While the best chances of success lie with a booking aboard a well-managed commercial expedition, many people prefer a more relaxed, personalized experience. Should you choose to organize your own expedition, it is highly advisable to have at least one experienced whale-watching hand aboard. Ideally, this person should be able to take command of your vessel when in proximity to any mamals (or other marine wildlife) you come upon.

Threats to marine mammals from badly organized excursions are mainly the result of poor and insensitive boat handling. Restricting the animals’ freedom of movement is the cardinal error, to be avoided at all costs.

If you are fortunate enough to spot whales or dolphins on your trip, handle your boat with sensitivity and caution. Let the animals themselves be your guides; it is up to them, not you, to decide the agenda of your meeting. Their liberty should not be compromised in any way, no matter how apparently benign the intervention may seem to you. Expecting only safety of members of your party, the welfare of the mammals you are watching should always be your first priority.

In the absence of formal regulations, here are a few simple guidelines to help you get the best out of your marine mammal expeditions in Sri Lankan waters:

  • Never investigate physical contact – do not touch the animals!
  • Use appropriate angles of approach. Never approach cetacean from directly ahead or astern.
  • Switch off all sonar and depth-sounding equipment to avoid noise pollution.
  • Approach no closer than 50m (for boats up to 6m long) and 100m (for larger vessels). Leave decisions about making closer contact to the animals themselves; dolphins, in particular, will often oblige.
  • Friendly cetacean behavior (such as bow-riding) should be welcomed but never instigated or cultivated by feeding or calling out to the animals.
  • Do not drop food or litter, particularly plastic bags (deadly to many forms of marine life) in the ocean. Never feed animals in the wild.
  • Avoid sudden changes in speed, direction or noise level.
  • Do not chase, head off or encircle individual animals or groups.
  • Do not move through a pod or between groups so as to separate group members.
  • Take special care around mother/calf pairs, solitary calves and juveniles.
  • If unsure of the animals’ movements or intention, simply put your engine into neutral and enjoy their company.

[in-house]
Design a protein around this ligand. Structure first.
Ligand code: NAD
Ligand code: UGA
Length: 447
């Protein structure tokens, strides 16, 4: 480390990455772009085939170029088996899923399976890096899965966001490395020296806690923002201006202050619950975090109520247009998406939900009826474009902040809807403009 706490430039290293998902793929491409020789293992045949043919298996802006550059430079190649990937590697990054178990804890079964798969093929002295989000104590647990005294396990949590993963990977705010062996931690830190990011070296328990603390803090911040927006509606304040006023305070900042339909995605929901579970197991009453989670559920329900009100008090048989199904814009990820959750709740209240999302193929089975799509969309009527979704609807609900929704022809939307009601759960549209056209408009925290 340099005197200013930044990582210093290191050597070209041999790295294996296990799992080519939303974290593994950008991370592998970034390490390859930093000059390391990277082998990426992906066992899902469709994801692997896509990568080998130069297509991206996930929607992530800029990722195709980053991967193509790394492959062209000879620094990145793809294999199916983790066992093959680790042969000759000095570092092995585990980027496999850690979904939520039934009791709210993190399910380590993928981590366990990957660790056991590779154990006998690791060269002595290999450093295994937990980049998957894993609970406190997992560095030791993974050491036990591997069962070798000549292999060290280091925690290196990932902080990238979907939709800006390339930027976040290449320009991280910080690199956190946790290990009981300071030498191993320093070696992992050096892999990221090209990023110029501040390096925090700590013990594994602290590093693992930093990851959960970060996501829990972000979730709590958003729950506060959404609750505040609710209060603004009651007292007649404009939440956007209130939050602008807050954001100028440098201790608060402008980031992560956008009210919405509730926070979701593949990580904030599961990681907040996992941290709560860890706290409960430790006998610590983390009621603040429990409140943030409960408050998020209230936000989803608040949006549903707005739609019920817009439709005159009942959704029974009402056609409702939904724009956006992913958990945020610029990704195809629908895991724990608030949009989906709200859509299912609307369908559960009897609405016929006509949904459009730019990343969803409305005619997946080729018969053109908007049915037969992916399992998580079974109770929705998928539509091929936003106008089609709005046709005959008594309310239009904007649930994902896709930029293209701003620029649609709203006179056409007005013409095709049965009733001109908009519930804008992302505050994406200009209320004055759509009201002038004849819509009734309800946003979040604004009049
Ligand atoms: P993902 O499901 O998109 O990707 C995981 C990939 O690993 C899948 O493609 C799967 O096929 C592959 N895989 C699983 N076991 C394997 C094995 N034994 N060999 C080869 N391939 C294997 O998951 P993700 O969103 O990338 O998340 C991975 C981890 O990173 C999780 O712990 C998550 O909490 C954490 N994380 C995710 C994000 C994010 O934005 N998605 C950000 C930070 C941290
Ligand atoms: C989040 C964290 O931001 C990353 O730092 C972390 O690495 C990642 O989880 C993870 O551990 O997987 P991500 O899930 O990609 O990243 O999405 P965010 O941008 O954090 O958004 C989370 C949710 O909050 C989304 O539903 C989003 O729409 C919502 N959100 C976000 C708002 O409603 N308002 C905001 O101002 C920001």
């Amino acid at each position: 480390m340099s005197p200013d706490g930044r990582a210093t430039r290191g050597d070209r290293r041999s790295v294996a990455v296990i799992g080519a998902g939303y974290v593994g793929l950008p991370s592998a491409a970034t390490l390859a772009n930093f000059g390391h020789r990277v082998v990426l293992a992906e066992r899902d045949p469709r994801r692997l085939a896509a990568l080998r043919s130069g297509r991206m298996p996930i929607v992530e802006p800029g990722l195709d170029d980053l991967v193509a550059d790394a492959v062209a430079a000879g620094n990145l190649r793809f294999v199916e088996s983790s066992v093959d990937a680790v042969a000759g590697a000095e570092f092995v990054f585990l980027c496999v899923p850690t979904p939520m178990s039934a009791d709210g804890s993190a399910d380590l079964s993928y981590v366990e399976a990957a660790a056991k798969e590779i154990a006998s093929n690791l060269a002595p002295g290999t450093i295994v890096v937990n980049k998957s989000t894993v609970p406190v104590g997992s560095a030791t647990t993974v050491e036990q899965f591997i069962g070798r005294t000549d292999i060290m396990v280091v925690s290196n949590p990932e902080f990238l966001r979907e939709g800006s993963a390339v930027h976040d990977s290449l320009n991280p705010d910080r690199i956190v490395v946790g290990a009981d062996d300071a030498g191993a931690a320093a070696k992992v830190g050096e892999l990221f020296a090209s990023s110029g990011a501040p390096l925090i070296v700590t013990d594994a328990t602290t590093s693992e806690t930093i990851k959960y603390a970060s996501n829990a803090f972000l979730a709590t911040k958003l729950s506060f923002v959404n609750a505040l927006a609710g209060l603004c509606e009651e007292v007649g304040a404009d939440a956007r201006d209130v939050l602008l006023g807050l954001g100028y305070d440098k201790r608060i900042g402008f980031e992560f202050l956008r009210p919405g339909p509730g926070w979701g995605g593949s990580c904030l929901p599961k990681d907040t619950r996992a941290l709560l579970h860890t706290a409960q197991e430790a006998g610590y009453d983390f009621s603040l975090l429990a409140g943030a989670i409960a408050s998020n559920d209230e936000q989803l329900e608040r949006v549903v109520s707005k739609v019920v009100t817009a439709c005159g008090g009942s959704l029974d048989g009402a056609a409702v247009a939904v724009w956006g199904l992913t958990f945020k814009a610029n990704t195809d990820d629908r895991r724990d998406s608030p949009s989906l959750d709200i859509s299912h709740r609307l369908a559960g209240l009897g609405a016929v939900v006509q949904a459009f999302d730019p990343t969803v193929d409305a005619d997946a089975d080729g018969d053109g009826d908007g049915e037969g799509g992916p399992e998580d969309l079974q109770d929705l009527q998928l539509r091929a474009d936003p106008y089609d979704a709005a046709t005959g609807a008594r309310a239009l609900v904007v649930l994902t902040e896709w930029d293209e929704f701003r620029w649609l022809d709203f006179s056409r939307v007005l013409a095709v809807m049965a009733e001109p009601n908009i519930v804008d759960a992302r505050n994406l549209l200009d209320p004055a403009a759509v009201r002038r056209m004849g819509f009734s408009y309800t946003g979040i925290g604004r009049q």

• Avoid spending more than 15-30 minutes in proximity to a marine mammal or mammals.
  • Contact should be abandoned if, at any stage, the animals show signs of becoming disturbed or alarmed. This is for the safety of your expedition party as well as the comfort of the animals.
  • When entering, leaving or operating within 400m of a marine mammal, travel at ‘no wake’ speed.

Where to go marine mammal watching in Sri Lankan waters


The largest submarine canyon in Sri Lankan waters begins in Trincomalee harbor, and just 200m from Chapel Rocks. No other canyon in these waters runs so close to shore; and Trincomalee’s is also the only multiple canyon system in Sri Lanka. Created by  runoff from the country’s greatest river, the Mahaweli, this canyon complex makes ‘ Trinco ‘ a cetacean hotspot – and the best place in all Sri Lanka for land-based sightings.

The likeliest terrestrial vantage point for whales moving along the main canyon is Norway Islet, which provides a clear westward prospect towards Tambalagam Bay, where the declivity commences. From here one can follow the direction of the canyon system as it zigzags northward past Flagstaff Point (Swami Rock). Round Island is best for dolphins, which can be seen from there on most mornings. Both these islands are located in the outer Trincomalee harbor, known as Koddiyar Bay.

Konneswaram Temple on Swami Rock provides the best vantage point for whales, both near by and further out at sea. They are usually sighted feeding between the main Trinco canyon and the south canyon.

Whales and Dolphins are also occasionally seen from several other vantage points, mainly in the harbor. Land-based sightings are most likely during the morning hours.

In March and April, Trinco plays host to a wide variety of whale and dolphin species. This is the best time of the year to see beaked whales and the largest aggregations of Bryde’s whales.   Other times of the year, though, are also good: blue whales and sperm are present in their largest numbers between October and April, orcas are most frequently spotted in September, while March-June is best for pilot whales and false killer whales. Spinner dolphins are found almost daily in and around Koddiyar Bay during the morning hours, particularly near Round Island.

Deep-sea-dwelling beaked whales apart, there is no need to travel more than 22km (12nm) from shore at any time of year to experience Trinco’s marine mammal riches. Between July and October, prime conditions for whale watching prevail all along the coast north of the harbor, from Chapel Rocks to Kuchchaveli. From December to May, the prime sighting zone runs from south of Nilaveli to Foul Point lighthouse. This variation is due to the action of seasonal currents on the outflow from the Mahaweli River. Overall, the areas directly west of Elizabeth Point and Chapel Rocks are best for marine mammal sightings.